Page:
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AuthorHalbgebauer, Danieldc.contributor.author
Date of accession2021-08-10T06:54:30Zdc.date.accessioned
Available in OPARU since2021-08-10T06:54:30Zdc.date.available
Year of creation2020dc.date.created
Date of first publication2021-08-10dc.date.issued
AbstractObesity is a global epidemic and the main risk factor for cardiovascular diseases which is the number one cause of death worldwide. Current treatment methods for obesity are very limited and often fail in the long term. In the last decade it has been demonstrated that not only human newborns but also adults have functional brown adipose tissue mass. Furthermore, there is evidence for uncoupling protein 1 (UCP1)-expressing adipocytes within the white adipose tissue (WAT) of humans. White adipocyte browning is defined by a significant increase in UCP1 expression in the adipose tissue depot and has been shown to significantly increase overall metabolic health inter alia by higher glucose uptake and fatty acid uptake, thus providing a strategy for obesity treatment. An approach for implementation, is to stimulate human adipose stromal cells (hASCs) within the WAT to undergo adipogenesis into UCP1-expressing adipocytes. However, the mechanism how these cells differentiate either into adipocytes with a white or with a brown phenotype is not fully understood. Our group has shown that hASCs isolated from deep neck (dn) adipose tissue differentiated in vitro into adipocytes with a brown phenotype and hASCs derived from the subcutaneous (sc) adipose tissue differentiated into adipocytes with a white phenotype. Microarray analysis revealed different expression patterns of these hASCs dependent on their adipose tissue origin. Therefore, we hypothesized, that hASCs secrete factors which stimulate or inhibit the adipogenesis into a brown adipocyte phenotype in an auto- or paracrine manner. After target ranking of these differentially regulated genes and literature screening the latent transforming growth factor beta binding proteins (LTBP1-4) were identified as potential factors involved in generating a brown adipocyte phenotype. Except for LTBP2, they are known to play a crucial role in the bioavailability of transforming growth factors (TGFβ). These TGFβ cytokines in turn are known to be involved in regulating UCP1 expression in vitro and WAT browning in vivo. The SMAD2/SMAD3 mediated TGFβ pathway has already been shown to inhibit white adipocyte browning and TGFβ2 was reported to increase UCP1 expression in murine BAT. The aim of this study was to investigate the impact of the LTBP isoforms on brown marker genes and the metabolic function in vitro. LTBP1, LTBP3 and LTBP4 were significantly higher expressed in the dn hASCs and all four LTBPs were expressed during the adipogenesis of a human sc preadipocyte cell strain (SGBS cells). LTBP1 and LTBP4 were not involved in the generation of a brown phenotype in SGBS cells. However, LTBP2 deficiency showed a reduced UCP1 mRNA expression and altered metabolic function. Moreover, deficiency of LTBP3 in SGBS adipocytes led to a repression of UCP1 expression on mRNA and protein level. Furthermore, the metabolic function of these cells was altered as well. Inhibition of the TGFβ-pathway in human SGBS cells led in three different approaches to an adipogenesis towards a white phenotype. TGFβ deficiency, TGFβ receptor1 kinase inhibition and knockdown of SMAD4 led to a significant decrease in UCP1 expression, whereby the differentiation rate was not affected in these cells. These results are in accordance with the observed UCP1 expression in LTBP2- and LTBP3-deficient cells. Measuring the TGFβ content in the supernatant of LTBP2- and LTBP3-deficient preadipocytes revealed a significant lower level for TGFβ2 compared to the control. The TGFβ2 knockout in turn resulted in a decreased UCP1 expression and metabolic function as well. Moreover, the LTBP3 and TGFβ2 axis seems to play also a relevant role in human WAT browning. LTBP3 expression correlated positively with the TGFβ2 expression in human sc WAT samples. Furthermore, both LTBP3 and TGFβ2 correlated significantly positive with the UCP1 expression in the same patient samples. As a result, one can hypothesize that LTBP3 regulates the adipogenesis towards a brown phenotype via TGFβ2 bioavailability. The findings of this thesis revealed LTBP3 as a new factor involved in generating a brown adipocyte phenotype. Furthermore, the inhibition of TGFβ pathway demonstrated new insights of TGFβ and the regulation of UCP1 expression. The specific pathway how LTBP3 and TGFβ2 mediate a shift towards a brown adipocyte phenotype should be addressed in the future, thereby identifying a new mechanism to induce UCP1 expression in human WAT. As a consequence, LTBP3 or TGFβ2 may become new promising targets for the treatment of obesity.dc.description.abstract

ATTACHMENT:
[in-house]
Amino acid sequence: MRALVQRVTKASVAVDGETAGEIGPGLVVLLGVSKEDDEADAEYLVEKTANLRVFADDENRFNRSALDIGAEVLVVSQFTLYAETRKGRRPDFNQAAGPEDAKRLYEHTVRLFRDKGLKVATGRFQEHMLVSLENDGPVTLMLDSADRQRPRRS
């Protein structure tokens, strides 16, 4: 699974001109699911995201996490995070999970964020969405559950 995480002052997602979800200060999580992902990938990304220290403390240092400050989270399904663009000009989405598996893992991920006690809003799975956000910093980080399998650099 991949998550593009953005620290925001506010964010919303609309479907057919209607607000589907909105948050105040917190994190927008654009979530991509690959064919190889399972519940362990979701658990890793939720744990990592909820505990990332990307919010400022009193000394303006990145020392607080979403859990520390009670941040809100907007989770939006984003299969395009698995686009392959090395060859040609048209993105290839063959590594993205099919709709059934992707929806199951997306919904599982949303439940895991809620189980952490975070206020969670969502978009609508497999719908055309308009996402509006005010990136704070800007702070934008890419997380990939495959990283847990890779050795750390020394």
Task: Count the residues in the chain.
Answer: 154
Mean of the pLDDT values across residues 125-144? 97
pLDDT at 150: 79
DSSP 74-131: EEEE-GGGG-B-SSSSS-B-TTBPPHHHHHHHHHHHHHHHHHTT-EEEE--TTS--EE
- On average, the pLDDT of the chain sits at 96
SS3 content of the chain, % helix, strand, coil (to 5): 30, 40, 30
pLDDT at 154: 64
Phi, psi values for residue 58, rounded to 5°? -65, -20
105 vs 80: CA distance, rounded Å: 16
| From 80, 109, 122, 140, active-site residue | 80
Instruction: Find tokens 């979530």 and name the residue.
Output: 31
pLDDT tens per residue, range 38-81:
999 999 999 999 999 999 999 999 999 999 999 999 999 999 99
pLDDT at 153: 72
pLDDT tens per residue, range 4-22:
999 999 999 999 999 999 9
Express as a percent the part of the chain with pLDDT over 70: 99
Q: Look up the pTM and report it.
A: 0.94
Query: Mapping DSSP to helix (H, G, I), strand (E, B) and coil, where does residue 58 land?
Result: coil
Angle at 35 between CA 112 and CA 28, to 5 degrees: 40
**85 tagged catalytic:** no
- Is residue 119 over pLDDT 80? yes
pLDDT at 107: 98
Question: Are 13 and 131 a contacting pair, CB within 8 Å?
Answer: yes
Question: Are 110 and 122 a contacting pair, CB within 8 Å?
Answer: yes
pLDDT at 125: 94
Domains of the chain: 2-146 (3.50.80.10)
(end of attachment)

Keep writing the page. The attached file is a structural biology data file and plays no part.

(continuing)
Languageen_USdc.language.iso
PublisherUniversität Ulmdc.publisher
LicenseLizenz B (ohne Print-on-Demand)dc.rights
Link to license texthttps://oparu.uni-ulm.de/xmlui/licenseB_opod_v1dc.rights.uri
KeywordBrowningdc.subject
KeywordBeige adipocytedc.subject
KeywordBrown adipocytedc.subject
KeywordTGFB2dc.subject
KeywordLTBPdc.subject
Dewey Decimal GroupDDC 610 / Medicine & healthdc.subject.ddc
MeSHObesitydc.subject.mesh
MeSHAdipose tissue, Browndc.subject.mesh
MeSHAdipogenesisdc.subject.mesh
MeSHAdipocytes, Browndc.subject.mesh
TitleThe role of secreted factors in white and brown adipogenesisdc.title
Resource typeDissertationdc.type
Date of acceptance2021-05-17dcterms.dateAccepted
RefereeFischer-Posovszky, Pameladc.contributor.referee
RefereeTuckermann, Jandc.contributor.referee
RefereeScheideler, Marceldc.contributor.referee
RefereeEngeli, Stefandc.contributor.referee
DOIhttp://dx.doi.org/10.18725/OPARU-38482dc.identifier.doi
PPN1766114717dc.identifier.ppn
URNhttp://nbn-resolving.de/urn:nbn:de:bsz:289-oparu-38558-2dc.identifier.urn
GNDFettsuchtdc.subject.gnd
GNDBraunes Fettgewebedc.subject.gnd
GNDBraune Fettzelledc.subject.gnd
FacultyMedizinische Fakultätuulm.affiliationGeneral
InstitutionUKU. Klinik für Kinder- und Jugendmedizinuulm.affiliationSpecific
InstitutionInstitut für Molekulare Endokrinologie der Tiereuulm.affiliationSpecific
Grantor of degreeFakultät für Naturwissenschaftenuulm.thesisGrantor
DCMI TypeTextuulm.typeDCMI
CategoryPublikationenuulm.category
Bibliographyuulmuulm.bibliographie